Grant Palmer’s research on the William and Jane Law episode in 1844 Nauvoo can be found at Mormon Think . MormonThink is run by a group of Mormons who have decided to openly question the claims of Mormonism from within the Mormon tradition itself.
One of better, more traditional resources for ministry to Mormonism from an evangelical/biblical perspective is the Utah Lighthouse Ministry. Jerald and Sandra Tanner grew up as Mormons, though they spent several years trying to find out which version of Mormonism is true. Most people are familiar with the largest group, the Salt Lake City-based Mormons, but there are dozens of other groups as well, ranging from Fundamentalist LDS that still practice polygamy to the offshoots from the Community of Christ that accept the Book of Mormon as scripture but reject other Mormon sacred texts as being authoritative. Eventually, the Tanners became followers of Jesus Christ alone and left the LDS altogether. The Tanners have been critical of some evangelical Christian leaders who have mischaracterized the Mormon faith. Jerald Tanner died in 2006 but his surviving wife still serves in the ministry.
Other evangelical ministry outreaches to Mormons that have a significant presence on the Internet included the Institute for Religious Research (Mormons in Transition) and the Mormonism Research Ministry.
The LDS church does not have an official apologetics ministry. However, scholarly historical research done by Mormons in the academic community support FARMS, the Foundation for Ancient Research and Mormon Studies, loosely affiliated with Brigham Young University. At a more popular level, FAIR, the Foundation for Apologetic Information and Research is run by Mormon thinkers who develop reasoned responses to various criticisms of the Mormon church. The most well-known, reputable academic historian who supports a pro-LDS perspective is Harvard-educated Richard Bushman. In 2005, Bushman wrote a sympathetic biography of Joseph Smith, Rough Stone Rolling , that nevertheless takes modern historical research into account.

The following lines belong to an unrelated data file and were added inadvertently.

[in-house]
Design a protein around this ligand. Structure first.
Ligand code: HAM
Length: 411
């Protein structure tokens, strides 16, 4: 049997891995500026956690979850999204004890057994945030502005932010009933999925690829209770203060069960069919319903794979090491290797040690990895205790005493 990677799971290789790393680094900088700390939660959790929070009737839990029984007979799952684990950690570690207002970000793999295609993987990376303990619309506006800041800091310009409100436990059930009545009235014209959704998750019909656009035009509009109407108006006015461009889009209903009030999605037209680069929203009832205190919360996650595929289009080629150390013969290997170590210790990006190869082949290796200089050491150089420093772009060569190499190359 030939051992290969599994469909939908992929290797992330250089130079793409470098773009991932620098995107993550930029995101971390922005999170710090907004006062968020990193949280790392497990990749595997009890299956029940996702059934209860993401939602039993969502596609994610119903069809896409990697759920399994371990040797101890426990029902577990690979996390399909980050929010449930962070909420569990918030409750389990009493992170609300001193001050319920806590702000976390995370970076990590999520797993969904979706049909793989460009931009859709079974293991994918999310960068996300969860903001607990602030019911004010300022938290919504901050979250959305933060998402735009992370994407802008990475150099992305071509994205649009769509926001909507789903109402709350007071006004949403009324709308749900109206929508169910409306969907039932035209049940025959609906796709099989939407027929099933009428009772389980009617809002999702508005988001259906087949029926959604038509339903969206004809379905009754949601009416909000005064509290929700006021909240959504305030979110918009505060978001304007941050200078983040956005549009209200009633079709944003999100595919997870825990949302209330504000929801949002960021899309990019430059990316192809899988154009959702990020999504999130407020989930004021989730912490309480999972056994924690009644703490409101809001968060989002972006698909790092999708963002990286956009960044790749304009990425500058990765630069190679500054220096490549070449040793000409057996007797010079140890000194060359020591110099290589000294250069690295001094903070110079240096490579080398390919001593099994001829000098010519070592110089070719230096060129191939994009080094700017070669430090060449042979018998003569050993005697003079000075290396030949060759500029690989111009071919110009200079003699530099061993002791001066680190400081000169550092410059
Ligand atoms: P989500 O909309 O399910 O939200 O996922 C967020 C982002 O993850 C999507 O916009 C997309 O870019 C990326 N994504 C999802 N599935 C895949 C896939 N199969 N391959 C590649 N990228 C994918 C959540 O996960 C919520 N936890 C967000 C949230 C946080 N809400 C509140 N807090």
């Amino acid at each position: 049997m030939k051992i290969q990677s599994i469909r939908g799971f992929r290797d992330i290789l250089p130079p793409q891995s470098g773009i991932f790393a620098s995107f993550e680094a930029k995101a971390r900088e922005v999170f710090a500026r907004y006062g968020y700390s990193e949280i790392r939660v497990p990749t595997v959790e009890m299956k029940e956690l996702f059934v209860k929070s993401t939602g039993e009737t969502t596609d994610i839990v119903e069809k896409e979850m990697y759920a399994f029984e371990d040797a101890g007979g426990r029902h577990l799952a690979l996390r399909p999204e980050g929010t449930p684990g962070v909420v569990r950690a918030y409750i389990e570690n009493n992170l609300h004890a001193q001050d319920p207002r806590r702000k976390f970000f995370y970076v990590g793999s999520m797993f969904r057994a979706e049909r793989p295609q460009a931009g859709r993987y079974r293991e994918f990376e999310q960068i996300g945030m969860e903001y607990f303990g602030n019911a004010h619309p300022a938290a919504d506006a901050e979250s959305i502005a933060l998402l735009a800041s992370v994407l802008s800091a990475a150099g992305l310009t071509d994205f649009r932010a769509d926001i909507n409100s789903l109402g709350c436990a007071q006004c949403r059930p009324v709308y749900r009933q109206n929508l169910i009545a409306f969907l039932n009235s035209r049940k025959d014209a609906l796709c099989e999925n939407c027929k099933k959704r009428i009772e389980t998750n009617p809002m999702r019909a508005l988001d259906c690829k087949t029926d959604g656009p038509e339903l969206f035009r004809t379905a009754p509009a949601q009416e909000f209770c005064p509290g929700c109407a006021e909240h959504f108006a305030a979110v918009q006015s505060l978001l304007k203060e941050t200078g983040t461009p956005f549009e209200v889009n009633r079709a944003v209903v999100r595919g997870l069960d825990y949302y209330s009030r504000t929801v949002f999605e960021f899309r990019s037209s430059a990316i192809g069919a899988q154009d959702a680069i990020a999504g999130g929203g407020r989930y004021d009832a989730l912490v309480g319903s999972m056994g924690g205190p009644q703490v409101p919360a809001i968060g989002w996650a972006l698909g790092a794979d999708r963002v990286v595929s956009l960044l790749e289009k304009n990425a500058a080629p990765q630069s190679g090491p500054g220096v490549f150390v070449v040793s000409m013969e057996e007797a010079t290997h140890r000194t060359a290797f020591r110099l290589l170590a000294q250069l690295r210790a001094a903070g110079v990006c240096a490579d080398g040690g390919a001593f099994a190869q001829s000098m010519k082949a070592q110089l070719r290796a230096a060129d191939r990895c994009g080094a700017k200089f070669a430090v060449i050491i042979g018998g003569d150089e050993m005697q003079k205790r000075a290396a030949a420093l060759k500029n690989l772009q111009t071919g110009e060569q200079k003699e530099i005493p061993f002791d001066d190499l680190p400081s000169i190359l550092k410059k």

The definitive early critical biography of Joseph Smith is Fawn Brodie’s No Man Knows My History. However, if you want to read a shocking thriller, you should check out Jon Krakauer’s Under the Banner of Heaven. Krakauer is famously known for his Into Thin Air, an account of the 1996 Mount Everest disaster. But in Krakauer’s Under the Banner of Heaven, he takes Brodie’s research and weaves it into the modern tale of Mormon fundamentalism with the likes of Warren Jeffs and the 1984 murders by the Lafferty brothers. Krakauer comes from a secular skeptic position with respect to faith, but he is an engaging writer and brings out the issues of Mormon history in an unashamedly critical and yet surprisingly sympathetic manner. Just be warned: Krakauer is absolutely terrifying. Once I first picked the book up, I simply could not lay it down until I finished it.
And finally, in 2007 PBS produced a four-hour documentary on the Mormons, available for watching online, including interviews with Grant Palmer and other scholars and Mormon church leaders.